we cannot in any case compete with countries with no health and safety practises, or decent treatment of employees, we need to seriously address the issue of free trade in an environment where we are one of the few places trying to play by decent rules

    if it were me id be throwing money at educating the kids of the UK better, and training the working population, i wouldnt be throwing it around such that its immediatley spent on projects outsourced in india or on cars imported from outside europe and so on

    i think the only long term way the UK can stay afloat and earn the money to sort much of this is to lead the world with the education and innovation of our workforce, sadly we are going in the opposite direction

    its fairly obvious the UK banks need smashing into smaller organisations, we need smaller banks which can fail without taking down the whole system

    we need to get the unemployed wastelands contributing to the economy quickly as well, it is possible, it just needs some real incentives to all involved


  19. anoneumouse
    August 14, 2009

    Doomed I tell you, were all doomed.

    In 6 months time the £ will go the same way as ‘Assignats’ and rest assured the euro will follow closely on its heels.

    invest in $, Yen, or the rupee

  20. Mike Stallard
    August 15, 2009

    I awoke this morning to a revelation.
    I thought, on going to sleep, that government was a wise gathering of decisive people taking relevant decisions which ran the country. The Ministers, in Cabinet, ordered and the Civil Service obeyed. Changes could be made.
    This meant that you only had to change the government to get good decisions and everything would be back to 1997.
    I had hoped that the Conservatives would be that government.

    My revelation was this: the position is not that of people sitting wisely in Cabinet at all.
    Rather it is of desperate young men sitting in a rubber boat being swept downstream past lethal rocks and on towards the rapids which are fast approaching.
    This means that, unless the Conservatives, if they are elected, are really good, we are all going over the rapids. People are again mentioning Zimbabwe and Weimar on the blog; Argentina went over the rapids too. So did Turkey quite recently.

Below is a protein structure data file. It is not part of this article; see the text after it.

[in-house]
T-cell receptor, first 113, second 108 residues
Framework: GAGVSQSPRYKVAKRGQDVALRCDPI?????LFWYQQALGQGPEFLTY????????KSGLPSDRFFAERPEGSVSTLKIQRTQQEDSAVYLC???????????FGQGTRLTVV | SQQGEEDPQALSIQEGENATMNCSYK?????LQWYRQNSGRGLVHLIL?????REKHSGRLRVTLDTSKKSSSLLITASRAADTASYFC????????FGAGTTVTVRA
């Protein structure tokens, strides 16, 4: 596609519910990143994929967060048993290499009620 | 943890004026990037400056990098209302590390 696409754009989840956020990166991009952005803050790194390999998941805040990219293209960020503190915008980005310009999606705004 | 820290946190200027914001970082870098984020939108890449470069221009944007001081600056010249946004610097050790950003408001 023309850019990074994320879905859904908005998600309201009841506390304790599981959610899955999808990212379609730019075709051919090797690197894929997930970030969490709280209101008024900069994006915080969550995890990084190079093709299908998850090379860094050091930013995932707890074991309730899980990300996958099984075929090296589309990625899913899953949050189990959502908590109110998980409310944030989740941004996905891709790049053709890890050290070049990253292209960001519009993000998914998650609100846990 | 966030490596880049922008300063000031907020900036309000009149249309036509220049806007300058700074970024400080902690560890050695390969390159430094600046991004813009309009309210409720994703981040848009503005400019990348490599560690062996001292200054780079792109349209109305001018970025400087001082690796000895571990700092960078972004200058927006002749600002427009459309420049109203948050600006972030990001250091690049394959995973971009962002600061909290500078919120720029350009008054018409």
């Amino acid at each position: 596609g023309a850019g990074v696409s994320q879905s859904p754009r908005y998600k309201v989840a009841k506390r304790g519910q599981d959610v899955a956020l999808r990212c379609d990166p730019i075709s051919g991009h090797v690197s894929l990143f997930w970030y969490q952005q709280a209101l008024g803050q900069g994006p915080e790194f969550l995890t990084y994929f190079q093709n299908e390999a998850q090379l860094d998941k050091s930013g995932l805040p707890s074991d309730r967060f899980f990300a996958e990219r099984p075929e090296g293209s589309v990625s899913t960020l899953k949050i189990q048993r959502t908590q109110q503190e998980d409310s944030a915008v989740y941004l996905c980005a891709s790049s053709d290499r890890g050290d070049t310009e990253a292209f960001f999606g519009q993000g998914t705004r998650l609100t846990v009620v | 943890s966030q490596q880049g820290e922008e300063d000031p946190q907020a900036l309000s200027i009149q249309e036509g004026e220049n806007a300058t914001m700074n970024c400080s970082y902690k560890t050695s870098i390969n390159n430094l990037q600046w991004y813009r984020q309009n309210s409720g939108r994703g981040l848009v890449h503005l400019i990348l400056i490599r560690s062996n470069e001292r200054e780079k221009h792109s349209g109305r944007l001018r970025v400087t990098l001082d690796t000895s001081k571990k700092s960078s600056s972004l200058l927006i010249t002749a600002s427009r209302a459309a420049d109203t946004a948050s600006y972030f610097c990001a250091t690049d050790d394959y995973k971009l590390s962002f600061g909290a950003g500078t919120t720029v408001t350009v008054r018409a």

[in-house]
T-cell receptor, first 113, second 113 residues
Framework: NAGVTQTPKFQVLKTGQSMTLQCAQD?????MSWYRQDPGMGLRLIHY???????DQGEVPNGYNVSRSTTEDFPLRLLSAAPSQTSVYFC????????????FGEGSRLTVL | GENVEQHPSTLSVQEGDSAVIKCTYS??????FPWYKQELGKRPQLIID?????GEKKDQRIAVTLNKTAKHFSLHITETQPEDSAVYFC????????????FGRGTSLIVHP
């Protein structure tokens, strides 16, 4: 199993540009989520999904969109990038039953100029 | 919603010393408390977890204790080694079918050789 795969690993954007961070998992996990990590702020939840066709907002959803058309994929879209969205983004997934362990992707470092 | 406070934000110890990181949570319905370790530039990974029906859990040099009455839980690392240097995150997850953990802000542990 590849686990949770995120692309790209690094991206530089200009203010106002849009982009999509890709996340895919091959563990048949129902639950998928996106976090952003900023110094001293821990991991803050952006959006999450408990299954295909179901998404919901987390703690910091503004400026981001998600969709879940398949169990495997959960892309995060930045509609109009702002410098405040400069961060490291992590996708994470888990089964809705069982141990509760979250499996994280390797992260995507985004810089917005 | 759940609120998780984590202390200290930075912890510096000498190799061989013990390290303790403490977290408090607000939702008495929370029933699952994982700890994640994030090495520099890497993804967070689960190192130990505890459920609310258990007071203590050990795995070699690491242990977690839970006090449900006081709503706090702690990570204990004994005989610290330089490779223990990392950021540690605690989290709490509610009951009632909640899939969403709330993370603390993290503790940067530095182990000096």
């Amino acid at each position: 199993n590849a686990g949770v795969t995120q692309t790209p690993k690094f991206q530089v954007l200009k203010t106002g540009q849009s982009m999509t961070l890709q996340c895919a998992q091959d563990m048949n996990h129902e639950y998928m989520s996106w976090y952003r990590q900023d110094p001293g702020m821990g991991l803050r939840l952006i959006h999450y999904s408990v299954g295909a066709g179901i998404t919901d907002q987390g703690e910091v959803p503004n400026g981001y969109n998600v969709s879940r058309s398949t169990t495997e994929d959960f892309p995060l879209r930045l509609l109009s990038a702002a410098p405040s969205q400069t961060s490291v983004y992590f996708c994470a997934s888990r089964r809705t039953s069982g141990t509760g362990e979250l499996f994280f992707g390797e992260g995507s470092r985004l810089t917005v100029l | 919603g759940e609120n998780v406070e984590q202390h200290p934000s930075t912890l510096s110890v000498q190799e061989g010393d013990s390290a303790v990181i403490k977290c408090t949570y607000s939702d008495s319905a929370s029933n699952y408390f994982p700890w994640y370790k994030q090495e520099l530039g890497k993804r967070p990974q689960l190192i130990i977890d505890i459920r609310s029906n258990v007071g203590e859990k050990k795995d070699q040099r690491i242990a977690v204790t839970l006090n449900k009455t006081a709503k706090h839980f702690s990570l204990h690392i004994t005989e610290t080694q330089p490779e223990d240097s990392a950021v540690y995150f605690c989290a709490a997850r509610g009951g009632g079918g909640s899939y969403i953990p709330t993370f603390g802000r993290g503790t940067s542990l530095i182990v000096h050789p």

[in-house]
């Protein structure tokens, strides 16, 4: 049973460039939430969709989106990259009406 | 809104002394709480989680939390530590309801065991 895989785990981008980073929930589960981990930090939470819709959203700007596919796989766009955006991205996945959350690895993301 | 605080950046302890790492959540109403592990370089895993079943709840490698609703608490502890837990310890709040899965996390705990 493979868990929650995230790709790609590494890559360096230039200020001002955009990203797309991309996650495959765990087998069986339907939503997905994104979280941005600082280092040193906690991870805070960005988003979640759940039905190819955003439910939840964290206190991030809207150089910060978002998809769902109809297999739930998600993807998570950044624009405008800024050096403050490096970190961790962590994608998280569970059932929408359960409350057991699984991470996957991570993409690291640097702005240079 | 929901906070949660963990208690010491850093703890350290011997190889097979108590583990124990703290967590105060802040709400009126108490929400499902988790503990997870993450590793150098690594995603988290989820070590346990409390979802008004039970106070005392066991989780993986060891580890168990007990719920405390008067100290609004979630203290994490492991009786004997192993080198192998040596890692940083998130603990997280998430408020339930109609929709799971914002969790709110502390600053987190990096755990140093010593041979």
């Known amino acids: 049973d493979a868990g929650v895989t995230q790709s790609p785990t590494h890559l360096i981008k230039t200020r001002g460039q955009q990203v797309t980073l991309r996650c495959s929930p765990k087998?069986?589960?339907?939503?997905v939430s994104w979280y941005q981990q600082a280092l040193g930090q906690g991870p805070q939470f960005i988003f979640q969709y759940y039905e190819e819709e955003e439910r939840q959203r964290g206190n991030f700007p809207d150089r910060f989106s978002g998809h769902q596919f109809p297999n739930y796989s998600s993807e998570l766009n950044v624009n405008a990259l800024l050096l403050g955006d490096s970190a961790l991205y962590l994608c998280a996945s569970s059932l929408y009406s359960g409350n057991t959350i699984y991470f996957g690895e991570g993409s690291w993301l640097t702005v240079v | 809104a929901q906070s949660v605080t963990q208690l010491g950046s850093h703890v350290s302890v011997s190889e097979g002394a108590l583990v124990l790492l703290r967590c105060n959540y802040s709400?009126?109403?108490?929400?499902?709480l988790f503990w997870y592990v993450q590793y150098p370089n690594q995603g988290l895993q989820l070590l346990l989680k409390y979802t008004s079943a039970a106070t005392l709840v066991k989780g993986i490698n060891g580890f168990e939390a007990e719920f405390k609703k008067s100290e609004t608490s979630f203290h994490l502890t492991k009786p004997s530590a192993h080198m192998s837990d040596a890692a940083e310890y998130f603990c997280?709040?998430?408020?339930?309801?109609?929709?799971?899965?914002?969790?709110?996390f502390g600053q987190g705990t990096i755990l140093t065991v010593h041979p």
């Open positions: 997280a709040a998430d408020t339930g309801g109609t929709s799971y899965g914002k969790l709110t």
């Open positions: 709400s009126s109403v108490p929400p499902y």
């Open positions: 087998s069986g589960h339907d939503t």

It really isn’t difficult!

  21. Cityunslicker
    August 17, 2009

    QE will not cause inflation for sure. Demand is too low, just like in Japan, where there is still deflation 10 years on. This is the more likely scenario following an asset bubble and banking crisis.

    Nonetheless, QE achieves nothing but to burdern our future children with debt. QE is a short-term measure, the long-term is to reduce wasteful spending and cut taxes to produce growth.

    I am not sure Osborne gets this either nor Cameron. The game has changed substantially and requires new solutions. Many think a jump start of the old order will work. It won’t, its 1979 again.

    The point about Government funding is central, this is the real purpose of QE, to support the Labour Government for a few more months. It is sickeningly cynical.

  22. Ralph Musgrave
    September 25, 2009

    Brian Tompkinson, Donna W, Robert K Oxford above and thousands of others around the country are worried about the inflationary effect of Q.E. It won’t be inflationary until the additional money results in a significant rise in spending. Moreoever, if (and it’s a big if) government spots the rise in spending in time, it can take deflationary measures and forstal the inflation.

    Stephen Cox rightly asks how easily Q.E. can be reversed. There’s a Reuters article here which suggests this “reversal” might not be as easy is some assume:
    I also give reasons for thinking it will be less easy than many are assuming:

    Cityunslicker repeats the popular idea that national debt is a “burden on our children”. Samual Brittan rebuts this idea here: Plus there is a prof of economics at Warwick who attacks the “burden” idea on his blog (I’ve lost the URL). I agree with both these authors.

    Anoneumouse (10/10 for the name) suggests sell pounds and Euros and buy amongst other things US dollars. If the “Q.E. will cause inflation lot” are right, I wouldn’t: the US has engaged in Q.E. to the same extent as we have, while Euro countries have not, as far as I know. For a graph showing the effect of Q.E. in the U.S. (i.e. the rise in their monetary base) see: